Camera-based autonomous control of drones

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Supervisor:
Budai Ádám
Department of Automation and Applied Informatics

With the development and commercial utilization of Unmanned Aerial Vehicles – also known as drones – an exciting and challenging area of research has appeared for engineers. The execution of several tasks – that used to require human resources – is possible now with the help of these devices, such as detecting forest fires [1], dealing with medical emergencies [2] or protecting wildlife [3] just to name a few. Their two most important traits are the ability to make exceptionally high-quality recordings and reach inaccessible locations. However, they still need significant human assistance in order to record in high quality, especially if we talk about a fleet of several drones (notwithstanding remarkable breakthroughs have been made in this area, some of them involving Hungarian researchers [4].)

In my paper, I am seeking a solution for how to use algorithms based on reinforcement learning to substitute – or at least minimize – the human factor and eventually develop drones that are capable of autonomous control and task execution. For this, I am designing a lightweight convolutional neural network that is able to sufficiently navigate the device based on solely the images provided by the drone’s camera. One of the most important aspects of my research is reducing the size of the network and minimizing the execution time (the time period between receiving the image and executing the order) in order to enable the technology to be used on a real device in a real environment. In the current stage of my research, the limits and learning speed of the network are being tested in a virtual environment developed by me with using well-known algorithms, while at the same time aiming to find the optimal structure as well.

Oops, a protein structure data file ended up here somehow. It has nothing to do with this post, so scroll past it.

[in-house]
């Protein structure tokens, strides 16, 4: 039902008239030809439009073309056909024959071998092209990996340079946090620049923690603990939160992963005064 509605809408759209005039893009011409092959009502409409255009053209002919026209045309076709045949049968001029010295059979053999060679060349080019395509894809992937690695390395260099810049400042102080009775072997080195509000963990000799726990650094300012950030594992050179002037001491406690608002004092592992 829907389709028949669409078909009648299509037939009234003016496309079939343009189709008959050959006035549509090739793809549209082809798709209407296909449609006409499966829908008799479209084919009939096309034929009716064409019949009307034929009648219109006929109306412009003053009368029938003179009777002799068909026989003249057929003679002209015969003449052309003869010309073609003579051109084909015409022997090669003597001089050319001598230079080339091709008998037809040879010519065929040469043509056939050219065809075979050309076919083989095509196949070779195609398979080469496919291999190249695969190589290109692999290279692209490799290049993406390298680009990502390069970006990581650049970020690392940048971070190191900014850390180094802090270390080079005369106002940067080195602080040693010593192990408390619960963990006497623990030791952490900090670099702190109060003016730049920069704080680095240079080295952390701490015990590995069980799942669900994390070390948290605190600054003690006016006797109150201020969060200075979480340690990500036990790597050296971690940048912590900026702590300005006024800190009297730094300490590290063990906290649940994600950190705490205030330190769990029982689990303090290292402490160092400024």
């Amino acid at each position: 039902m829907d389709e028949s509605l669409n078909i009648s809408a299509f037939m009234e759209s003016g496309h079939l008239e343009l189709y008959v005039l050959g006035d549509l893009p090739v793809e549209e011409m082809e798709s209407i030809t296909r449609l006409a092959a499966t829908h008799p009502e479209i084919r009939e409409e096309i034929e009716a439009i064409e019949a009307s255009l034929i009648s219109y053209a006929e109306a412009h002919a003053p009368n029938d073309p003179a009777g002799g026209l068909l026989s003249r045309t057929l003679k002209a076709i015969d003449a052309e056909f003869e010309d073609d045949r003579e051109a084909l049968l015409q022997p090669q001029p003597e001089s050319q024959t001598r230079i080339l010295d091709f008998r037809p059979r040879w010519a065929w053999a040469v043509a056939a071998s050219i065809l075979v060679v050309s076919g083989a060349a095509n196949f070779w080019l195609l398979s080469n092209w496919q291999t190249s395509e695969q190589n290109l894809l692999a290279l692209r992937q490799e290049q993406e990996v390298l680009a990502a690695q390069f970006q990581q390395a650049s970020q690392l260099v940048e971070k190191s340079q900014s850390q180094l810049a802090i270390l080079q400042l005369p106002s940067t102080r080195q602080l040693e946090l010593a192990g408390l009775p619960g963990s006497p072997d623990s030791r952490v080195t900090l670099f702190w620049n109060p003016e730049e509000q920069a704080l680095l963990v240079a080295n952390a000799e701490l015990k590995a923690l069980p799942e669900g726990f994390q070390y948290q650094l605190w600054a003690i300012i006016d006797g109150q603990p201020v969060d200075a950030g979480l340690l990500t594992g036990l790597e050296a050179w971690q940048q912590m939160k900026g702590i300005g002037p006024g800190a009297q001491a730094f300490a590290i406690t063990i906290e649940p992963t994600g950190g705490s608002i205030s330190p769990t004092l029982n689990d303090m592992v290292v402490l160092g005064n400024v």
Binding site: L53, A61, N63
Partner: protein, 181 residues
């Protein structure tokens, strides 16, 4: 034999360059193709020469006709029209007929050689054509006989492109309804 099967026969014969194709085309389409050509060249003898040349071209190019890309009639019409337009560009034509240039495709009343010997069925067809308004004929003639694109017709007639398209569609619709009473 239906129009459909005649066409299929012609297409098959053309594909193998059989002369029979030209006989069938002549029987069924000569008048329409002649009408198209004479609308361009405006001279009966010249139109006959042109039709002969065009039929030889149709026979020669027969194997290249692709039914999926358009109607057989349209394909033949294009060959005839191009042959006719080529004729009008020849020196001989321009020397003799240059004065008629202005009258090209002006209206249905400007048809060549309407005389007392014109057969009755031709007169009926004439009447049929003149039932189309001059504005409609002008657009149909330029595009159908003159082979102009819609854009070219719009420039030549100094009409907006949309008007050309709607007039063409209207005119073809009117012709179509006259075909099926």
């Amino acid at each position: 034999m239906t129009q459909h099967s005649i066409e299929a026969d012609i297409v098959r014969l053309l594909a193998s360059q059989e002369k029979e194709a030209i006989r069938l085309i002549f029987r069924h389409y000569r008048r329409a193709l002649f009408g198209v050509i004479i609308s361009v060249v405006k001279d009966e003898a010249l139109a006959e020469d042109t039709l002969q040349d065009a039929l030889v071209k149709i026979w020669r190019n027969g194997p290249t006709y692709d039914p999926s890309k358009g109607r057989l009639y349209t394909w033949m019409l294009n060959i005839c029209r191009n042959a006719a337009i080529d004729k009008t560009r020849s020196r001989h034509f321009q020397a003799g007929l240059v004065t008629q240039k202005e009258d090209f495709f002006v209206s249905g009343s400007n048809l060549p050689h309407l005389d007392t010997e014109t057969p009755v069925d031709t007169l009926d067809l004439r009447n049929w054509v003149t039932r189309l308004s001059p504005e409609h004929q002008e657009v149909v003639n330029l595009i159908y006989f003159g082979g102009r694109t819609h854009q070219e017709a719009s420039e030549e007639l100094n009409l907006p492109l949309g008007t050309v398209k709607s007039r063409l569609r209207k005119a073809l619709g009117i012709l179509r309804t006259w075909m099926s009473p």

During the learning period, the algorithm is constantly receiving images of a human shape and its task is to take small, few degrees wide steps in the virtual space to navigate itself into the desired position, then take photos from the expected angle, in our case from the front. 15 different human shapes are used in the learning period.

In the first chapter of my paper, the most important definitions about the reinforcement learning process and the operation of the convolutional neural networks are introduced. This is followed by the description of the already known solutions used for navigating drones, including their advantages and disadvantages. Finally, my design of the lightweight convolutional network is introduced together with the learning algorithms, the findings of the research and the further development possibilities.

[1] Wolfgang Krüll, Robert Tobera, Ingolf Willms, Helmut Essen, and Nora von Wahl. Early forest fire detection and verification using optical smoke, gas and microwave sensors. volume 45, pages 584-594. Procedia Engineering, 2012.

[2] A. Claesson, D. Fredman, L. Svensson, M. Ringh, J. Hollenberg, P. Nordberg, M. Rosenqvist, T. Djarv, S. Österberg, J. Lennartsson, et al. Unmanned aerial vehicles (drones) in out-of-hospital-cardiac-arrest. volume 24, page 124. Scandinavian journal of trauma, resuscitation and emergency medicine, 2016.

[3] Astrid Gynnild. The robot eye witness: Extending visual journalism through drone surveillance. volume 2, pages 334-343. Digital journalism, 2014.

[4] Gábor Vásárhelyi, Csaba Virágh, Gergő Somorjai, Tamás Nepusz, Agoston E. Eiben and Tamás Vicsek. Optimized flocking of autonomous drones in confined

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